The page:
Iodine + B&W Prints ... Interesting

Discussion in 'B&W: Film, Paper, Chemistry' started by htmlguru4242, Aug 28, 2005.

  1. htmlguru4242

    htmlguru4242 Member

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    I was reading about bleaching prints with tincture iodine, so I tried it with some old prints that I had hanging around. A 2% iodine tincture bleachies the prints to white within about 30 seconds. Then, just to see what would happen, I put them in developer, and, to my surprise, the original image re-developed in a delightful, thick brown color.

    Does anyone know why this is??
     
  2. Donald Qualls

    Donald Qualls Member

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    The elemental iodine (in solution in the alcohol of the tincture) reacts with the silver that forms the image and produces silver iodide, a light sensitive halide compound. Since you're doing this in the light, the halide is immediately reexposed, and when you develop, you get the image back (and since the print was previously exposed with an image, developed, and fixed, there's only enough silver present to recreate the original image density) -- the color shift is because silver iodide produced by bleaching gives a different silver grain size from the original (typically a chloride/bromide mixture, mostly bromide in modern materials), and silver grain size controls the warmth or coolness of print tone.

    It might be interesting to do the bleaching under safelight, apply a suitable clearing bath to remove excess halide, dry in darkness, and then reexpose the paper with a projected negative image, in effect blending the two images. The idodide would typically be faster than the bromide in most printing papers (though perhaps not as fast as papers that include developer in the emulsion), though it would be difficult to impossible to control contrast. You could also fully fog, develop, bleach, clear and dry to produce iodide paper without a preimpressed image (starting with RC paper, this could even be reasonably inexpensive). There'd still be no control of contrast, but it might be of interest for things like in-camera negatives, since it should be faster than common paper emulsions.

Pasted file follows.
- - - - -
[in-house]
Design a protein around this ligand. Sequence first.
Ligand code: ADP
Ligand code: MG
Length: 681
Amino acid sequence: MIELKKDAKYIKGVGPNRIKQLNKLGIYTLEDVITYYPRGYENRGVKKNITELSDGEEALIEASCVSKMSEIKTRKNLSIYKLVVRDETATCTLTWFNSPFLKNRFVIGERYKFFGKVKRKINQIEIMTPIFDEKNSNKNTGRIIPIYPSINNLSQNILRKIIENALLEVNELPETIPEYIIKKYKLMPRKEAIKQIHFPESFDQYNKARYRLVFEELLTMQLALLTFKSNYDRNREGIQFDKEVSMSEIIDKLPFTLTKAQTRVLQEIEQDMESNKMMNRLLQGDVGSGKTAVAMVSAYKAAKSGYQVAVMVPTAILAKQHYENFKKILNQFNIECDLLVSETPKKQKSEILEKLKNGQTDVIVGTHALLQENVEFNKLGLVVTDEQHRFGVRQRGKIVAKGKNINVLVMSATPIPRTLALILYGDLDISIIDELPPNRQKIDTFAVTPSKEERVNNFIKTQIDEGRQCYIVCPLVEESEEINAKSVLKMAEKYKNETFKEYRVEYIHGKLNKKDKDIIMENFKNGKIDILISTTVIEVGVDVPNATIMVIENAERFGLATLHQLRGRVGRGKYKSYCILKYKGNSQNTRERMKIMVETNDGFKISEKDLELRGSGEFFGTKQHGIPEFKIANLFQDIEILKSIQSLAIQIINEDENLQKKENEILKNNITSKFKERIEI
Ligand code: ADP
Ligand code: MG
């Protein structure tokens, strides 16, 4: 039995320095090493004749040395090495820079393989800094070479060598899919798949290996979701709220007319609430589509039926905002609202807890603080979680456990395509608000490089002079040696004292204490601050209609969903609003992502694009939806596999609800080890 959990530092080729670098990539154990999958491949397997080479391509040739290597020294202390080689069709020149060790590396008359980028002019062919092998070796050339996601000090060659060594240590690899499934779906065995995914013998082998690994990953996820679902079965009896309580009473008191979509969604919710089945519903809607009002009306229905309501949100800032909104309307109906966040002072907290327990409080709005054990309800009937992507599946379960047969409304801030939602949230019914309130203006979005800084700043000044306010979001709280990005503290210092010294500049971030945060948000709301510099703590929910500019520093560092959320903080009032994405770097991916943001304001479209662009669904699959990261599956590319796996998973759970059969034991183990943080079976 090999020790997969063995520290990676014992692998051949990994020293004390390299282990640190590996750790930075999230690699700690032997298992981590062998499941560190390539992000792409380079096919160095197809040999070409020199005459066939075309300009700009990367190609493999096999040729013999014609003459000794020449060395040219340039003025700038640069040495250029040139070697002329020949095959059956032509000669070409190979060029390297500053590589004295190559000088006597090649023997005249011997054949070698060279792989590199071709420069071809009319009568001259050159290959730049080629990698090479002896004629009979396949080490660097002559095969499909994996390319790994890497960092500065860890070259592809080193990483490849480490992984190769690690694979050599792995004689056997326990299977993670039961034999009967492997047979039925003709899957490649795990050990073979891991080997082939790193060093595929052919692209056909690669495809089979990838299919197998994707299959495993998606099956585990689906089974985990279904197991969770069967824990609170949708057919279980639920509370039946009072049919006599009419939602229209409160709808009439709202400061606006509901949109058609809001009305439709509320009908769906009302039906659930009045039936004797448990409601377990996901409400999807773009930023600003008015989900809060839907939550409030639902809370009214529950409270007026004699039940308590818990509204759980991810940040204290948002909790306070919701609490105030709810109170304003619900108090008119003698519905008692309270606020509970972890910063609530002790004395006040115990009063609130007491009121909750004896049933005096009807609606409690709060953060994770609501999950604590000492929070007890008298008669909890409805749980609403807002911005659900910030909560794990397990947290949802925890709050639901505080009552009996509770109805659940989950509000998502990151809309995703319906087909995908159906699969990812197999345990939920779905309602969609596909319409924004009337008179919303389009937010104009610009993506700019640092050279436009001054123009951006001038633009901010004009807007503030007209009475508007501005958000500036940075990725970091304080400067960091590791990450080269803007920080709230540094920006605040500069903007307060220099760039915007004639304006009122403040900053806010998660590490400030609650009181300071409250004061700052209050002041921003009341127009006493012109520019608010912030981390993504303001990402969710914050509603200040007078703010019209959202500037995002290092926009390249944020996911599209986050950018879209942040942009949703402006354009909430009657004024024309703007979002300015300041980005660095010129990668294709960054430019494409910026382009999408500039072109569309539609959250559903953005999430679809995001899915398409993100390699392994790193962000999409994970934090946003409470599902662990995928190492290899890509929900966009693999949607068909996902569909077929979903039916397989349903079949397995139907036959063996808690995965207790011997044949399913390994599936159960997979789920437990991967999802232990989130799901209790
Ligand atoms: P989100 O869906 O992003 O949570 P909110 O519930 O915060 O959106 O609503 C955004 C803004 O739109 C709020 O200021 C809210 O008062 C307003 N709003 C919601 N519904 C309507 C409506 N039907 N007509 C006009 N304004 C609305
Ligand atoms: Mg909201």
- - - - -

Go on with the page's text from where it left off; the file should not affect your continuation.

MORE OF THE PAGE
Do be aware, however, that iodide places a great load on your fixer; only rapid fixer should be used, and this 100% iodide material will greatly reduce the capacity of the fixer. Iodide is also a restrainer in developing, and a 100% iodide paper might require using a pretty strong developer one-shot to get consistent results.
     
  3. Jordan

    Jordan Member

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    The tincture of iodine (which I believe contains iodine and potassium iodide) oxidized the silver in the print up to silver iodide, AgI. When you re-developed, you were reducing the exposed silver iodide back to silver. The brown colour probably results from changes in the crystal form on going from Ag to AgI and back to Ag.
     
  4. htmlguru4242

    htmlguru4242 Member

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    Excellent, I though that what was happening was something along those lines ... I'll try the fog / dev / bleach idea with some paper and see how it goes... (I'll have to cut the paper small though, as the largest format i have is 6x9cm 120. Do you thik the paper would be fast enough for pinhole photography?
     
  5. dancqu

    dancqu Member

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    Do you keep light levels low while doing that?
    Have you tested various strength solutions?

    If you've any sulfide try a .1% solution rather than
    the usual developer. Also, try the sulfide dip after the
    usual redevelopment.

    How about this: Totally expose a whole sheet of paper,
    develop, convert to iodide, then make a print. May be
    a good way to make home made AZO or any mix of
    halides paper. Anyone doing that? Dan
     
  6. htmlguru4242

    htmlguru4242 Member

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    I may just be being a little dumb here, but what do you mean by "sulfide"? Also, I am trying to make iodide paper and expose / develop it. I'm expecting some neat results. I'll certainly post with them once I get it o work.
     
  7. titrisol

    titrisol Member

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    Iodine tincture bleahes paper quite fast, and can imprint a green, brown or purple cast depending on how you redevelop.

    You can also use it on sleenium tined prints.... a very very cool effect.
    Bleach the selenium toned prints, rinse them and put them in fixer (plain hypo is fine)
     
  8. htmlguru4242

    htmlguru4242 Member

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    How would you go about getting a different color upon redevelopment?
     
  9. titrisol

    titrisol Member

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    I think there are a couple of articles on these in PhotoTechniques magazine and in the recipes section of APUG

    IIRC using cold tone developer will yield olive color, warmtone developer = lighter olive, sulfide = brown, etc etc.
     
  10. psvensson

    psvensson Member

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    He means sulfide toner. The two common commercial variants would be Kodak Brown Toner and Agfa Viradon.
     
  11. dancqu

    dancqu Member

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    Well, if you've iodine and potassium iodide for making
    that tincture I thought you might also have some
    sodium sulfide.

    In the usual bleach and redevelop process sodium
    sulfide is used. Why bother to buy a brand name
    SODIUM SULFIDE. That would be the same as
    buying a brand name SODIUM METABORATE.

    Brand name SODIUM TETRABORAT and SODIUM
    CARBONATE and a few others is another mater.

    BTW, I've noticed no odor with weak
    solutions of sodium sulfide. Dan